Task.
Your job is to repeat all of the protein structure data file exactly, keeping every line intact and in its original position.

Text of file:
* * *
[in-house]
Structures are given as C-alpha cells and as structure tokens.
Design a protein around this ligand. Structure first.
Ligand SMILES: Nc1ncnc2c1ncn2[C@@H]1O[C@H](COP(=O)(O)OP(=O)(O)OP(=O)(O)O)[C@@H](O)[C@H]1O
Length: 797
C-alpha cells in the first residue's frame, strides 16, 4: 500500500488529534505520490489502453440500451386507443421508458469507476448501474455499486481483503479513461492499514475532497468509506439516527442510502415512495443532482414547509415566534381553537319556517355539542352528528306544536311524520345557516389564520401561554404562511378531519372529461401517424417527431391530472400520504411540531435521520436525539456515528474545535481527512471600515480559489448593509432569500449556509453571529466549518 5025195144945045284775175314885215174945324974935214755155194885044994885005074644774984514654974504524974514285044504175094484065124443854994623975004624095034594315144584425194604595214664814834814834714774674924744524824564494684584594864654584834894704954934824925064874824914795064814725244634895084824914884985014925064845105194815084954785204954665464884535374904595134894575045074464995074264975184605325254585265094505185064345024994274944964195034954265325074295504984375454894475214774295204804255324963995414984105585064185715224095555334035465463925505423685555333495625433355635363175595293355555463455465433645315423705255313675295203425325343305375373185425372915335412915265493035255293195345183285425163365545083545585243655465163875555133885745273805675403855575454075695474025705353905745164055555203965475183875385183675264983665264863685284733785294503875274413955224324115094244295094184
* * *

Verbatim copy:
[in-house]
Structures are given as C-alpha cells and as structure tokens.
Design a protein around this ligand. Structure first.
Ligand SMILES: Nc1ncnc2c1ncn2[C@@H]1O[C@H](COP(=O)(O)OP(=O)(O)OP(=O)(O)O)[C@@H](O)[C@H]1O
Length: 797
C-alpha cells in the first residue's frame, strides 16, 4: 500500500488529534505520490489502453440500451386507443421508458469507476448501474455499486481483503479513461492499514475532497468509506439516527442510502415512495443532482414547509415566534381553537319556517355539542352528528306544536311524520345557516389564520401561554404562511378531519372529461401517424417527431391530472400520504411540531435521520436525539456515528474545535481527512471600515480559489448593509432569500449556509453571529466549518 5025195144945045284775175314885215174945324974935214755155194885044994885005074644774984514654974504524974514285044504175094484065124443854994623975004624095034594315144584425194604595214664814834814834714774674924744524824564494684584594864654584834894704954934824925064874824914795064814725244634895084824914884985014925064845105194815084954785204954665464884535374904595134894575045074464995074264975184605325254585265094505185064345024994274944964195034954265325074295504984375454894475214774295204804255324963995414984105585064185715224095555334035465463925505423685555333495625433355635363175595293355555463455465433645315423705255313675295203425325343305375373185425372915335412915265493035255293195345183285425163365545083545585243655465163875555133885745273805675403855575454075695474025705353905745164055555203965475183875385183675264983665264863685284733785294503875274413955224324115094244295094184